Two distinct forms of Provincetown hospitality — the guest house and the spartan motel — are combined in one operation at the Bradford House & Motel. Hotel lore says the main house was built in 1888 by Reuben F. Brown, a coal and lumber merchant, for Albina [Alvina?] Brooks, his intended wife. The firm of Lewis & Brown had its office at 227 Commercial Street. Their son, Roy F. Brown (±1889-1967), was a physician, educated at Tufts, Harvard and the Sorbonne. During World War II, Dr. Brown set up a general hospital in Sydney, Australia, that served the South Pacific theater. (“Dr. Roy F. Brown,” The Advocate, Nov. 9, 1967.)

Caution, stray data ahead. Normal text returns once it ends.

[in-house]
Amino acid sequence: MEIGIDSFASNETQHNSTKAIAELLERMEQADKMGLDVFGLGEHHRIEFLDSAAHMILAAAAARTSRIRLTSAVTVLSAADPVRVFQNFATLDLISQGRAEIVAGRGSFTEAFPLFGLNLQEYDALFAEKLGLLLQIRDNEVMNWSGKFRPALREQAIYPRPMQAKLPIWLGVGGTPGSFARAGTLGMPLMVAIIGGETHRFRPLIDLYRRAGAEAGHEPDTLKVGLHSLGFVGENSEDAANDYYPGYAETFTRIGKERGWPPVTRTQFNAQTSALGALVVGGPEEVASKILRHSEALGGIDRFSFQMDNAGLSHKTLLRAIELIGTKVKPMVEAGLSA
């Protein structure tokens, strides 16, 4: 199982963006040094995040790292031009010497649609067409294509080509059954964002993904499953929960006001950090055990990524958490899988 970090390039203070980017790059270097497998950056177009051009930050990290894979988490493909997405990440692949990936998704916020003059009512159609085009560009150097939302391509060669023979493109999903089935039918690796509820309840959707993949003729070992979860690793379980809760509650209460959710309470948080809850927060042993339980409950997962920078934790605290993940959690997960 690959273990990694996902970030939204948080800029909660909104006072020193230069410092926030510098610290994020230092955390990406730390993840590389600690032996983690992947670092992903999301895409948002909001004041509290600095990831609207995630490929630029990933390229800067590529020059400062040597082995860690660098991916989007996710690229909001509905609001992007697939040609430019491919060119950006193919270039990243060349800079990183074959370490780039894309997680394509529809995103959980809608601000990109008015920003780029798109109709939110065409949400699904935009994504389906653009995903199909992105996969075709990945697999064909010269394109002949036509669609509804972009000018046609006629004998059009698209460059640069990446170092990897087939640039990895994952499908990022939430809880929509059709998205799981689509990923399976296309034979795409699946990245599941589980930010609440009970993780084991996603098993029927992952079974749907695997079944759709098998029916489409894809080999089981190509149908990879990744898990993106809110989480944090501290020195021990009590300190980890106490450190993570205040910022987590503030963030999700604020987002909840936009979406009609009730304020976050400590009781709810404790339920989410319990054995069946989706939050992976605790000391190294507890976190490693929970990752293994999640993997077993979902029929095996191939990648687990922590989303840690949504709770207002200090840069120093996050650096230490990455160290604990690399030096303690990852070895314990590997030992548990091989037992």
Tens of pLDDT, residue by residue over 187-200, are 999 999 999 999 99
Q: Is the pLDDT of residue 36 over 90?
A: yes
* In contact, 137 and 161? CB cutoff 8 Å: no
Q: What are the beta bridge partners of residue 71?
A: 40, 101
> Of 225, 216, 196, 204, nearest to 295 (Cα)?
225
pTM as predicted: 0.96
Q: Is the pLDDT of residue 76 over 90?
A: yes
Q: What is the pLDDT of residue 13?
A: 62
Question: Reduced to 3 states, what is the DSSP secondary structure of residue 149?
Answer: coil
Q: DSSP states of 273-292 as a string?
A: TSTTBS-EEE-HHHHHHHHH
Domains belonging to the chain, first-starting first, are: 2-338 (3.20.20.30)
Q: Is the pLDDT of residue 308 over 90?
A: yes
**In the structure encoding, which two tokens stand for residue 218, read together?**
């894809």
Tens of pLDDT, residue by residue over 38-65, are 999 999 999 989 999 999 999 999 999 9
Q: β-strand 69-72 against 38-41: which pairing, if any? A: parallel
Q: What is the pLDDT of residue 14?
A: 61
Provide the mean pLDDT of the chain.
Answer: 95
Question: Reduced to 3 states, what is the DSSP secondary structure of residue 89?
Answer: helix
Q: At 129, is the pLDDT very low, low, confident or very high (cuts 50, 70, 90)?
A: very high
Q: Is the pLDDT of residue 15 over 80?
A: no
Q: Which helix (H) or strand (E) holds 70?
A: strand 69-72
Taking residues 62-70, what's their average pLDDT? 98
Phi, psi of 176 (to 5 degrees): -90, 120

It was also during the war that Dr. Brown and his wife, Lillian H. (Small) Brown, sold the Bradford Street house to Thomas F. and Anna (Crawley) Cote, whose father was Frank “Scarry Jack” Crawley. The Cotes operated the property as an inn and as a motel, with the addition in 1950 of a one-story wing. The Bradford House remain in the Cote family’s hands until 1988. Its flying staircase was photographed by Joel Meyerowitz for Cape Light (Plate 17).